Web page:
The Living Local Harvest Festival: at the Fairgrounds, West Tisbury!
Last week’s long-awaited rain amounted to 0.85” in my rain gauge. Luckily runoff was minimal, as it was delivered softly, without downpour.
My hens are pretty well molted, so I am cleaning the henhouse and composting the litter, preparatory to its mellowing over the winter in the soil of the vegetable garden. The litter has been building since last fall; its high feather content — protein — is a soil asset.
Figs, best savored unadorned
The growing of figs on Martha’s Vineyard seems to have been uncommon until relatively recently. It’s likely that horticulturalists of years back, such as the late John Perkins of Edgartown, tried them, though. Today, with changes in weather patterns — and Sumner Silverman’s indefatigable distribution of propagating material from the prunings of his several pampered fig trees — numerous Island fig trees now exist.
The common fig, Ficus carica, in the Moraceae, has been cultivated since ancient times, and has many mythological and classical connotations. As a garden plant in mild zones (zone 7 and south), the trees with their iconic foliage provide a bold textural contrast, and prefer to be sited “in moist, well-drained soil” (Michael Dirr) but are adaptable.
I accepted three of Sumner’s prunings and rooted them in water over the winter. Only one actually took well enough to pot on, and that is how I got my “Brown Turkey” fig tree, one of the more reliably hardy varieties for our plant zone.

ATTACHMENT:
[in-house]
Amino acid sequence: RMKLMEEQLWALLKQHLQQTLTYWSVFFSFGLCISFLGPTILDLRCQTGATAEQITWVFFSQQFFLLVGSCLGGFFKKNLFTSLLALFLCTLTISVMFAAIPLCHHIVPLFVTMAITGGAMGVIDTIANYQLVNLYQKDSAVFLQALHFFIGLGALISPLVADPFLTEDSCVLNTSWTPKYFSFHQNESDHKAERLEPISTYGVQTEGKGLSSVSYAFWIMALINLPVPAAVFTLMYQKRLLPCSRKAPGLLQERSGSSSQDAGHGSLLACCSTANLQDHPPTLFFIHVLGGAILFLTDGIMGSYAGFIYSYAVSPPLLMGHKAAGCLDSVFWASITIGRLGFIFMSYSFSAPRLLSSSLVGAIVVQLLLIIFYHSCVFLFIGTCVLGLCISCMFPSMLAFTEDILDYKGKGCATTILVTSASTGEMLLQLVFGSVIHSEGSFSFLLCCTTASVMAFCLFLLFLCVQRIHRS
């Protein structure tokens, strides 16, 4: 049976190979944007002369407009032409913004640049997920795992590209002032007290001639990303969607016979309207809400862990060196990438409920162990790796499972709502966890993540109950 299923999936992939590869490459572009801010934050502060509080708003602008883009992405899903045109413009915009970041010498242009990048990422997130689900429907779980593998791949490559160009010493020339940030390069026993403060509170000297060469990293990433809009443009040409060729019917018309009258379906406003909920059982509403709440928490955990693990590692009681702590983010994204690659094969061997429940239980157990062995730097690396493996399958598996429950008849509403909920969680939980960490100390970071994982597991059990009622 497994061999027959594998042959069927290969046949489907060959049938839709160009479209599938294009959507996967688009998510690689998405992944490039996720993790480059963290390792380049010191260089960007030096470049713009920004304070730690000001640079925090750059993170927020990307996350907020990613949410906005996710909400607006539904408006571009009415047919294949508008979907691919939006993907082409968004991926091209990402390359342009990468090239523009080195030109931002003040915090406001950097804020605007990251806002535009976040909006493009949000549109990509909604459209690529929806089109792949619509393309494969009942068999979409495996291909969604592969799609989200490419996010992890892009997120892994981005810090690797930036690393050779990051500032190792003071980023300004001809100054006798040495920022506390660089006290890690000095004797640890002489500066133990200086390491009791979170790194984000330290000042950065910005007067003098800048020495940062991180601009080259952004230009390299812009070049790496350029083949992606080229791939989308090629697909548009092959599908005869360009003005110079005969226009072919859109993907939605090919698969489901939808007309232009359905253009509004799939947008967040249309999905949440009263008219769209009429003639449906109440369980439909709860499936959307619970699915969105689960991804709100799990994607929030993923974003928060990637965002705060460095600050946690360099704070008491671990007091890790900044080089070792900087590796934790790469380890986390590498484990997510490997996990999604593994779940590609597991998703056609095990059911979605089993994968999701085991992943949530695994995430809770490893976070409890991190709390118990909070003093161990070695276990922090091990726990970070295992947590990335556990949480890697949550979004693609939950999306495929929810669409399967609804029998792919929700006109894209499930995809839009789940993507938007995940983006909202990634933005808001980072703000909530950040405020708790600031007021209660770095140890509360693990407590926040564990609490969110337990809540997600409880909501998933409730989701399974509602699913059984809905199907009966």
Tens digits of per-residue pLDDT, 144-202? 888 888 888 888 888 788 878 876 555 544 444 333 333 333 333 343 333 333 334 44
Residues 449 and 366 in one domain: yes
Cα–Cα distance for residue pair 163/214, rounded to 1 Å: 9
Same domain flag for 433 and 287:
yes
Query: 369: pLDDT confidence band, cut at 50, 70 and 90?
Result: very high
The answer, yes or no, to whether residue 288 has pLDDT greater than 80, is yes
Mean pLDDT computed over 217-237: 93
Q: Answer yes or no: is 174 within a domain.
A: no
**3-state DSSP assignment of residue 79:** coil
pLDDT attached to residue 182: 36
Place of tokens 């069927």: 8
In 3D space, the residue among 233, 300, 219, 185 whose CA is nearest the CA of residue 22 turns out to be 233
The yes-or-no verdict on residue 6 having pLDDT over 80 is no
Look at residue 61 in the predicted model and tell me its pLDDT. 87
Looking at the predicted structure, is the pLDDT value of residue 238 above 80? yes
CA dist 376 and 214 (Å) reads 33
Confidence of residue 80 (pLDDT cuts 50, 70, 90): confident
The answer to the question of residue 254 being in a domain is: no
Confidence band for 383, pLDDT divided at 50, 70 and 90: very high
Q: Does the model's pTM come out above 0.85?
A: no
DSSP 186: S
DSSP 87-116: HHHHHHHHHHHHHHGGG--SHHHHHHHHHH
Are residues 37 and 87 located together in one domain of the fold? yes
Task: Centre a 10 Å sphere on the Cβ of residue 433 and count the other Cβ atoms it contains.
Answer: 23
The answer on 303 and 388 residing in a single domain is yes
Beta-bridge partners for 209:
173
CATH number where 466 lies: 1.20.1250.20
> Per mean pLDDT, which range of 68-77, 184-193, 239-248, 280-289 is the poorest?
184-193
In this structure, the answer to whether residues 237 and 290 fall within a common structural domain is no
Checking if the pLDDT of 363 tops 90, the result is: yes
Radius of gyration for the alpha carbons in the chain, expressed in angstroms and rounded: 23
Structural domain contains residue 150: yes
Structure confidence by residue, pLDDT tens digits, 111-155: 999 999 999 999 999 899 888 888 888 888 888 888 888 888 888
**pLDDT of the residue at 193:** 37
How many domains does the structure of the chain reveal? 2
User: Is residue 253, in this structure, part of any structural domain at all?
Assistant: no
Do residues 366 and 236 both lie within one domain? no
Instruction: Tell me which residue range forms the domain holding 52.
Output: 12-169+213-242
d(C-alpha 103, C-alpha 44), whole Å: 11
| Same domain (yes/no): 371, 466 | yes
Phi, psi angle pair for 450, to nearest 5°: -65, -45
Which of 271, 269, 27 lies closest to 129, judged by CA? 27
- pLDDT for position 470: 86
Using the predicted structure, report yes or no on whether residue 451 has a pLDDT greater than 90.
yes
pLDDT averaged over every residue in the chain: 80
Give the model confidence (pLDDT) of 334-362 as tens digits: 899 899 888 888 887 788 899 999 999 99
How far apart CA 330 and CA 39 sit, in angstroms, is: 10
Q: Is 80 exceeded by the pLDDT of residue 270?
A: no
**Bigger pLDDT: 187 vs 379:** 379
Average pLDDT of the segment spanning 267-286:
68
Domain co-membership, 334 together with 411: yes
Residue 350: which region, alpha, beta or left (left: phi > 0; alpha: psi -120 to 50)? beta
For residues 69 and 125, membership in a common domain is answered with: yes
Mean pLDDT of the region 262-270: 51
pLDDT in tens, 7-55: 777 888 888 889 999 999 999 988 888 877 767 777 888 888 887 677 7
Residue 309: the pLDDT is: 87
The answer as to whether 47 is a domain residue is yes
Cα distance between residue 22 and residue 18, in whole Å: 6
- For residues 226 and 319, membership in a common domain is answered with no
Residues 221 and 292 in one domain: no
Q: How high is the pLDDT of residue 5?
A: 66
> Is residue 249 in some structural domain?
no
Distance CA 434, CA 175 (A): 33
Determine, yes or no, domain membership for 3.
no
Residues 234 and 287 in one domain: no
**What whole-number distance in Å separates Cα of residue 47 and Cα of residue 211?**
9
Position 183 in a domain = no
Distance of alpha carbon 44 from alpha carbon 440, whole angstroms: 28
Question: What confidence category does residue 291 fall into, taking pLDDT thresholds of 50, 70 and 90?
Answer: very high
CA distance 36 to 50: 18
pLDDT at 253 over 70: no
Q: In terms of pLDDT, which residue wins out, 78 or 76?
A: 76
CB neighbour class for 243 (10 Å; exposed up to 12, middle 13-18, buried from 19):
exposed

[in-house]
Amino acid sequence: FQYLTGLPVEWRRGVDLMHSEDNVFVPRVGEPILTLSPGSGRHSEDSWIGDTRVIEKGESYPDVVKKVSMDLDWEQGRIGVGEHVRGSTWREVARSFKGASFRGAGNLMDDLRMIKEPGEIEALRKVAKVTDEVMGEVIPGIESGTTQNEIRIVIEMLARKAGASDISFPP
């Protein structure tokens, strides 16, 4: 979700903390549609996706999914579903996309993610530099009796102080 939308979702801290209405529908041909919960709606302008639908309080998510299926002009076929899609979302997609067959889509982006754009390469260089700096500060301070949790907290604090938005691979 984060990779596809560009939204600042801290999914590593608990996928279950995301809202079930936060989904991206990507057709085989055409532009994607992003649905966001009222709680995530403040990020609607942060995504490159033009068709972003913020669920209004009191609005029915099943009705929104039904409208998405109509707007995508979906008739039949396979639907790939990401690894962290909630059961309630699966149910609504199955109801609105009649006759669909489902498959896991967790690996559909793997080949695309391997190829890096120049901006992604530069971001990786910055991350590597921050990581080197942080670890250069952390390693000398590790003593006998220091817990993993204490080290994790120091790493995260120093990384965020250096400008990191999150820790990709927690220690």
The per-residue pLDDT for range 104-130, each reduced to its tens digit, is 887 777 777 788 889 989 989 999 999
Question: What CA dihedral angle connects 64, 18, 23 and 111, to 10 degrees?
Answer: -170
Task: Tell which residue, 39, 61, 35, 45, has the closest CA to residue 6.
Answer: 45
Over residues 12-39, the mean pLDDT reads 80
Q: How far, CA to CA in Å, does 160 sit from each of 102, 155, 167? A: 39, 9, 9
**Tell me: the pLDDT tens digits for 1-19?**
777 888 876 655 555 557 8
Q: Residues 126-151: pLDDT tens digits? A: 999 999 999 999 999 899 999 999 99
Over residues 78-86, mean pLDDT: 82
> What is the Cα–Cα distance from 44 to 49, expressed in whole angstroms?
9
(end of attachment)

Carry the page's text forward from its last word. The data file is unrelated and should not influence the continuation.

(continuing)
The temptation to grow figs in-ground is great: Schlepping a potted fig in and out, with ever-increasing root-ball and container sizes, requires just the right sort of situation and a strong back or hand truck. The men in my family had, however, unilaterally decided that their projects required a concrete slab on the best spot for my fledgling fig tree.
As we saw, last winter’s weather proved to be a setback for fig trees planted in-ground by risk-taking Islanders. Many were killed down to the ground. Although most regenerated, some did not, and an entire season’s fruit was lost. It is the fruits (and eating them) that are the main point. The vexing concrete apron inadvertently saved my fig tree, most likely.
Culture of figs has been something of an enigma. Their being such newcomers here means there is no long-standing local tradition, unlike growing, say, apples or peaches. Sketchy information that exists suggests they are more suitable for the South or California.
Stories of the elaborate rituals that elderly ethnic gardeners of Watertown, Charlestown, and the North End of Boston have developed to cosset fig trees in their urban backyards have circulated for years. However, without firsthand knowledge of how to do the trick, it seems risky to attempt severing half the roots and bending over the tree (one reported technique) to bury it in a straw-filled pit!